A report in the The Washington Post stated that the picture was clicked in the Dhaka University campus – something rare in an environment otherwise roiled by violence and protest incidents. Three conservative students were suspended this month for allegedly assaulting two students for holding hands.
The report further stated that majority of people in Muslim-dominated Bangladesh thought that the photo was “indecent”. One conservative blogger wrote: “Lovers are getting more audacious by the day. Earlier these things were done in secret. Now they are doing it in broad daylight. The day is not far when they will be making love in public.”
Ahmed — who said the couple did not object to the photograph, taken on a public street — said he will not tolerate being a victim of moral policing, telling the website that a “twisted sense of morality cannot dictate an artist’s work.”
He said in an interview with The Washington Post that he was scouting for photographs near the teacher-student center at the university Monday when he saw a couple “lip kissing” in the rain, a moment that filled him with delight. He captured the moment in one click and sent it to his newsroom but was disappointed when his editors decided not to run the photo, saying it would prompt a negative response.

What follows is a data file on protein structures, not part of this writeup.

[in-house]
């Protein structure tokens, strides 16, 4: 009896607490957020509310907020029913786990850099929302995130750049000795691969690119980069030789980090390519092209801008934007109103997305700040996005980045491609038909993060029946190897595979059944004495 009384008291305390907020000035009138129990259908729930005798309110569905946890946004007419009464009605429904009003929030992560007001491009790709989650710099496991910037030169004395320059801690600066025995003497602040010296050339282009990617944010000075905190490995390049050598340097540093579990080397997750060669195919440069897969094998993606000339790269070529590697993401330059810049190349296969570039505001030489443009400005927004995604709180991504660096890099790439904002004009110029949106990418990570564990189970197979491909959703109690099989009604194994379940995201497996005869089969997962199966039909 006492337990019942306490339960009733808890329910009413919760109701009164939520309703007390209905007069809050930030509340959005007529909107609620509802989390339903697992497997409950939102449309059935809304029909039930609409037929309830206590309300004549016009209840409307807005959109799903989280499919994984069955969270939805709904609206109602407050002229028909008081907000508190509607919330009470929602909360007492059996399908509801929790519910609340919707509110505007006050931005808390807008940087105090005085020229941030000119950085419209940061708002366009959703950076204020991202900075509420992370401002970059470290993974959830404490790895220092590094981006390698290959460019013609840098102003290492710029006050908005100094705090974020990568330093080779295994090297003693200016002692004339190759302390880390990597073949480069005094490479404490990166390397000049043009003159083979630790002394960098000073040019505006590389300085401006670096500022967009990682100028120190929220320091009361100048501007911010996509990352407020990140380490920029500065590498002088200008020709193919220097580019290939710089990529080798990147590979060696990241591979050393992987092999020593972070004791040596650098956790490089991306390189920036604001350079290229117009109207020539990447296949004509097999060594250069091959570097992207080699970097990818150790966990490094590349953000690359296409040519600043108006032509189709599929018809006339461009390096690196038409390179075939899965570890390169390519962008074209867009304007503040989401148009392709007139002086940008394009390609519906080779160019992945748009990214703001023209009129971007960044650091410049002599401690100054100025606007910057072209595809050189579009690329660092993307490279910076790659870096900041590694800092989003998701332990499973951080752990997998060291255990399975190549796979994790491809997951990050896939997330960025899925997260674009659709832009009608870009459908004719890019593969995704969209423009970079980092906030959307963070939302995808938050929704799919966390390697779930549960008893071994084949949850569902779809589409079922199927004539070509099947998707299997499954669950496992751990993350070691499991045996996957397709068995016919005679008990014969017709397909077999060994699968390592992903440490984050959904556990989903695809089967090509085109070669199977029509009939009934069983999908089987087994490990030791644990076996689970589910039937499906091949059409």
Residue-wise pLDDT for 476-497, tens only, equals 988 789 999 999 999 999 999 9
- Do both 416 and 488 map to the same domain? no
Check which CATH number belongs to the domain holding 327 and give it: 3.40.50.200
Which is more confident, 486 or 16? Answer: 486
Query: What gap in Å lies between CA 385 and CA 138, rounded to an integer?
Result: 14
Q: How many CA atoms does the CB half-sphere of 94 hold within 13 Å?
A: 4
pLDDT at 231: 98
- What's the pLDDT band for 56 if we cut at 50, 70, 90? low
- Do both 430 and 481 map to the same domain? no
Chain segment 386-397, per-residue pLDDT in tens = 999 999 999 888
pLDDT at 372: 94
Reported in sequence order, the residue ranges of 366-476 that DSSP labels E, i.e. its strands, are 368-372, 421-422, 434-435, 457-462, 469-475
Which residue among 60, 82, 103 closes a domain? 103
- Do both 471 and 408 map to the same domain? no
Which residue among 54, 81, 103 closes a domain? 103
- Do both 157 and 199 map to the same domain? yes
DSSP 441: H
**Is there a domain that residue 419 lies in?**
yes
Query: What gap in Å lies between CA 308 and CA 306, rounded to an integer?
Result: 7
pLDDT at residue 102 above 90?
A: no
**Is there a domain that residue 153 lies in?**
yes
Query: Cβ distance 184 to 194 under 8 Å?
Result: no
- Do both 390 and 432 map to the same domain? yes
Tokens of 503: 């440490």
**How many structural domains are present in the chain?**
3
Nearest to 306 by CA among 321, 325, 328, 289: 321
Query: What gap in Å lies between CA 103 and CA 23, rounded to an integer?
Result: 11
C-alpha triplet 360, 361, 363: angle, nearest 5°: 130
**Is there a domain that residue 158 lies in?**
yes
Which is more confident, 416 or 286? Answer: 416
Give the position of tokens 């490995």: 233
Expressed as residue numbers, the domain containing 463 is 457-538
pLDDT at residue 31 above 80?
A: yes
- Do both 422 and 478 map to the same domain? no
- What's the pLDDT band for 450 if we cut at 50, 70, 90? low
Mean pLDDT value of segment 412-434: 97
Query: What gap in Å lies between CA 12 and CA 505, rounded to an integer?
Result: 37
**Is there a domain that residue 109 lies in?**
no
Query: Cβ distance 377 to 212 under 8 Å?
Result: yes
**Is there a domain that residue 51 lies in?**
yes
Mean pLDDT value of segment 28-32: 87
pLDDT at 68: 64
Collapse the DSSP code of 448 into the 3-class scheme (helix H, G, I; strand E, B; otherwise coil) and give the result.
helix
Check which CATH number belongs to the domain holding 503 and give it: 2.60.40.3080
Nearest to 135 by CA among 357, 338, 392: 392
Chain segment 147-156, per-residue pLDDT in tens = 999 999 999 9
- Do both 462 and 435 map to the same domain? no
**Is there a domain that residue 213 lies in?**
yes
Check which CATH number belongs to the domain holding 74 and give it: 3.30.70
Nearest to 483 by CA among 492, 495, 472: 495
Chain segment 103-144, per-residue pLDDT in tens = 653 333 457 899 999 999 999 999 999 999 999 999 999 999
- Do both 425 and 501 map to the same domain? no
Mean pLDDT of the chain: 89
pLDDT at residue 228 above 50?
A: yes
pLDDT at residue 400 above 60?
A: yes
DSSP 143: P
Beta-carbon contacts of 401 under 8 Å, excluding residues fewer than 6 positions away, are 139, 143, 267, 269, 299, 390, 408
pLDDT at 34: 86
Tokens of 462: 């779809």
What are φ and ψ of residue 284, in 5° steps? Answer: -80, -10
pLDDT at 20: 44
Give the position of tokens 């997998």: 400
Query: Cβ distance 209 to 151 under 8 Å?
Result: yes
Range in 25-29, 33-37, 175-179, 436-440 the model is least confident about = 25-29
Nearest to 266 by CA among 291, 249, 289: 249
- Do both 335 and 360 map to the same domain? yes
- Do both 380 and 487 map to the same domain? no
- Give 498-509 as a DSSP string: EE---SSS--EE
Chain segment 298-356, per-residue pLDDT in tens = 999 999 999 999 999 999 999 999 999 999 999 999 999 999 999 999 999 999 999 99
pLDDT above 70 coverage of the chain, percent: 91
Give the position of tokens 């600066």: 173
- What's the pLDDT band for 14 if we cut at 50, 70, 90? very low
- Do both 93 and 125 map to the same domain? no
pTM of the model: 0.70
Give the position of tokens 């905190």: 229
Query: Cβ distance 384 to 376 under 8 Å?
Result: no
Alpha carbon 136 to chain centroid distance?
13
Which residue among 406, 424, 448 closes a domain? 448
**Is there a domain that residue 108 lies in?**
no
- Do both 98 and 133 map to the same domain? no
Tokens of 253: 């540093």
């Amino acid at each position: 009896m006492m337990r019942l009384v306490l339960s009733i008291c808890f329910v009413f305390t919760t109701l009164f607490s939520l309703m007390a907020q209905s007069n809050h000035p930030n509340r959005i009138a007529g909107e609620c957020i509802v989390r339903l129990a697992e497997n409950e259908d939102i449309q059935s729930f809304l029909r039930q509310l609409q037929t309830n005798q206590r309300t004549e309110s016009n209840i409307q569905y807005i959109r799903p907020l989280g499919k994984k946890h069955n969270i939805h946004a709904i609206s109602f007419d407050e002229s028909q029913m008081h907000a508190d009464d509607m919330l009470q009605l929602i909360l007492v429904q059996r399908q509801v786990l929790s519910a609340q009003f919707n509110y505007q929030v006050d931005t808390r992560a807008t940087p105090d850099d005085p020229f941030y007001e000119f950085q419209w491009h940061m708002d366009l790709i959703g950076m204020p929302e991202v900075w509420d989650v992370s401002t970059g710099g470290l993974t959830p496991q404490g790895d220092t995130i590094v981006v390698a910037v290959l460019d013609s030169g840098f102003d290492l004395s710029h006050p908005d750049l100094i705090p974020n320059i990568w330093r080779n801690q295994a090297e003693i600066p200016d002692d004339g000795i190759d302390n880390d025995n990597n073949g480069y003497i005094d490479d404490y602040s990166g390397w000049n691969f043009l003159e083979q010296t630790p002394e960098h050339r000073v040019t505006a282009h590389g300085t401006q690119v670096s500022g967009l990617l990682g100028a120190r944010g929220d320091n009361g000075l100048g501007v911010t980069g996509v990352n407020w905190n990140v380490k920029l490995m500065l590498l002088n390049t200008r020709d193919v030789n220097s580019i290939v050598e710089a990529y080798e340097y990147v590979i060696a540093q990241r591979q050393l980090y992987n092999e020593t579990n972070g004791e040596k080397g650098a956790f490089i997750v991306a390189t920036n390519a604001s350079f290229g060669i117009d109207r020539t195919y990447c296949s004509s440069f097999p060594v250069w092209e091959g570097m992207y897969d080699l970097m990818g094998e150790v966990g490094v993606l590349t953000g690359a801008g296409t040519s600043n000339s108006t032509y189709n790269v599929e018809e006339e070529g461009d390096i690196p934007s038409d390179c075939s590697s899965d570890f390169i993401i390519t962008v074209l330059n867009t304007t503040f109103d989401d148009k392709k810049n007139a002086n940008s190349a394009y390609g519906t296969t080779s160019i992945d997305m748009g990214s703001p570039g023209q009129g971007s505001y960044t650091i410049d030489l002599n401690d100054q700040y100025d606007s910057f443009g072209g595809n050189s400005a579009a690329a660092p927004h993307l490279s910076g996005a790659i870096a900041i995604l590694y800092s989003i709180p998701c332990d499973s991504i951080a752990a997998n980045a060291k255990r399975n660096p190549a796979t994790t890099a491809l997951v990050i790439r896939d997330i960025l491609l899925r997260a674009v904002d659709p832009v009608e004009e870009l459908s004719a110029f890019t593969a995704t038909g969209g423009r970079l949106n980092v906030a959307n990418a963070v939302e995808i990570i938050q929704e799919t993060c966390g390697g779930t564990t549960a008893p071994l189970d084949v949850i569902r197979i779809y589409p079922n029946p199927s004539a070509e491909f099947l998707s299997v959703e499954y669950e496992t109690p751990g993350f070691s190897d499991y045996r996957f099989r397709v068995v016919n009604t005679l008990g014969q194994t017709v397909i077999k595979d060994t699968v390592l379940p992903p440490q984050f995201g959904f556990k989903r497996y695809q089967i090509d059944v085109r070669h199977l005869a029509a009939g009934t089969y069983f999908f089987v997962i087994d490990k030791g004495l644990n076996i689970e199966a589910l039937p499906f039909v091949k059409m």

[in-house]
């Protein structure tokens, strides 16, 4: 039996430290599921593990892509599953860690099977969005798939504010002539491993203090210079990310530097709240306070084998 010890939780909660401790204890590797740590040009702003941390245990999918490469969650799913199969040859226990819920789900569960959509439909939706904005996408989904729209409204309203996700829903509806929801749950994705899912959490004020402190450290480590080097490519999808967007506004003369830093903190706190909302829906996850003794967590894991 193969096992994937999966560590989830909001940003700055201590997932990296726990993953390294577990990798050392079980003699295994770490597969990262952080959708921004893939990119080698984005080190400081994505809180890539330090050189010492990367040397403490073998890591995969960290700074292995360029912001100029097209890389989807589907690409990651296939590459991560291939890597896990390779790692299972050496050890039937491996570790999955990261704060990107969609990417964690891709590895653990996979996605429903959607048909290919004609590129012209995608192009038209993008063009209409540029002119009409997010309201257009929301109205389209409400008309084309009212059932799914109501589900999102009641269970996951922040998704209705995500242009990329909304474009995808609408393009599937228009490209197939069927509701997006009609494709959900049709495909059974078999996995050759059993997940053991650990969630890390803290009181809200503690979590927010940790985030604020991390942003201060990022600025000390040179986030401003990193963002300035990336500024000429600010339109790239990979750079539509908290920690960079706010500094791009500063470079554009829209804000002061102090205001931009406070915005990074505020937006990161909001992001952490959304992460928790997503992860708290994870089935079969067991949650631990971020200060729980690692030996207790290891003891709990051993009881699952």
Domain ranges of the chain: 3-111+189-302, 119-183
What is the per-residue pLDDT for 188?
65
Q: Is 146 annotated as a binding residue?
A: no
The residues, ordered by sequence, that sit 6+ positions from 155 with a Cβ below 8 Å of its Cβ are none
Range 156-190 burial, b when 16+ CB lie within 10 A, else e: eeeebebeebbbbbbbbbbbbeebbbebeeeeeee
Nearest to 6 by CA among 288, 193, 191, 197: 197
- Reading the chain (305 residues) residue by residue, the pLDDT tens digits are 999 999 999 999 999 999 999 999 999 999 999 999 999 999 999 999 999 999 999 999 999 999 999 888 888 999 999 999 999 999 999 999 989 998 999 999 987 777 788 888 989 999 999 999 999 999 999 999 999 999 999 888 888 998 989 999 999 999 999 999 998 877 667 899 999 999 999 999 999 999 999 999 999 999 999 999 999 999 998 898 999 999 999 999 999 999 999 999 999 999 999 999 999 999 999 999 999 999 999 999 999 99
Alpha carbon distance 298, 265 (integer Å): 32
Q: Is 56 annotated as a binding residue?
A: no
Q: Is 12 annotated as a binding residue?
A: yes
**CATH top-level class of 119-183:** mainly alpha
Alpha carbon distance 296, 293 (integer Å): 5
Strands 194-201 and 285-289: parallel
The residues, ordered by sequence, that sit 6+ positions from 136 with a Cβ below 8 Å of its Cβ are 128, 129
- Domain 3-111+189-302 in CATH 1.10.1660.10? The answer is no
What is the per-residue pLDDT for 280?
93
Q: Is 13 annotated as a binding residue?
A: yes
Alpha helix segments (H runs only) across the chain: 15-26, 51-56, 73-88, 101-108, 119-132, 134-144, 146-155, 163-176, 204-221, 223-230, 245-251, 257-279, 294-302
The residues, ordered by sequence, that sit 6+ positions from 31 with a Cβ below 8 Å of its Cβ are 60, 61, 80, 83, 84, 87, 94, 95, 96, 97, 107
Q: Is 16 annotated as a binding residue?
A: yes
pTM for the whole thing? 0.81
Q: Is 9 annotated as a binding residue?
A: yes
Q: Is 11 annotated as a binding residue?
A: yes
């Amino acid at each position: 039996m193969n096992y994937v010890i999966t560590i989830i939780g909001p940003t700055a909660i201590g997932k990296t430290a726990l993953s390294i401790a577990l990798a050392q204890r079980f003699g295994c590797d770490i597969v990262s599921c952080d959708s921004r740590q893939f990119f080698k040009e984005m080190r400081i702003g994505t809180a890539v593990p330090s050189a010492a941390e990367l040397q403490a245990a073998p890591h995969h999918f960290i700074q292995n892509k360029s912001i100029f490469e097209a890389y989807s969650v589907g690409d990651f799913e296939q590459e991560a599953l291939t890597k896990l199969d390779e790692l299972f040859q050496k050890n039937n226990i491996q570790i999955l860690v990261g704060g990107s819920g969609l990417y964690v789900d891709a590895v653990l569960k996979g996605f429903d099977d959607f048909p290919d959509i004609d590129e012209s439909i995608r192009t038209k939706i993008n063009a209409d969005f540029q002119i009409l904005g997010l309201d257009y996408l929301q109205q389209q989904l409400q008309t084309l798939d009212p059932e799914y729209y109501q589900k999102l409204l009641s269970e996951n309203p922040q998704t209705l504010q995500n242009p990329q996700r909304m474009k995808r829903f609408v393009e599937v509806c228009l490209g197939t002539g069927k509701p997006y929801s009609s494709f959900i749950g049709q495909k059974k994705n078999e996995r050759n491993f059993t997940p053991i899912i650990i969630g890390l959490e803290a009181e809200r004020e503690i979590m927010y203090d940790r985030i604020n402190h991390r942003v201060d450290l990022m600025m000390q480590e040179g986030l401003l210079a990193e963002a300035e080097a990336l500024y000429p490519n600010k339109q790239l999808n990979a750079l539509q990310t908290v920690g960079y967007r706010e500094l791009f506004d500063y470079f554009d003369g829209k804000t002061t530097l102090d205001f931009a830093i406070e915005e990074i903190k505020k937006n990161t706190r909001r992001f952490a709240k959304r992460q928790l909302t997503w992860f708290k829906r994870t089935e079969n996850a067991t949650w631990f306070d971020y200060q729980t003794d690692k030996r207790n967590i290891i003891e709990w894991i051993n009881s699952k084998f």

“I said, no, you cannot portray this photo negatively, because I found it a symbol of pure love,” said Ahmed, 30. He later posted it on his Instagram and Facebook accounts, where in an hour it had been shared 5,000 times.
The next day, he said, some of his fellow photographers roughed him up, and on Wednesday, his boss asked him to turn in his ID and laptop, without giving him a reason. But his editor said that when Ahmed told his employers about the attack, they supported him and vowed to take legal action.
“The couple had a spontaneous lip kiss; I found nothing wrong in them or no obscenity,” Ahmed said. “Of course I am disheartened. Some people in our country became educated only in papers, but they are not educated in a real sense. They failed to realize the underlying meaning of my photograph. I am also a bit worried about myself.”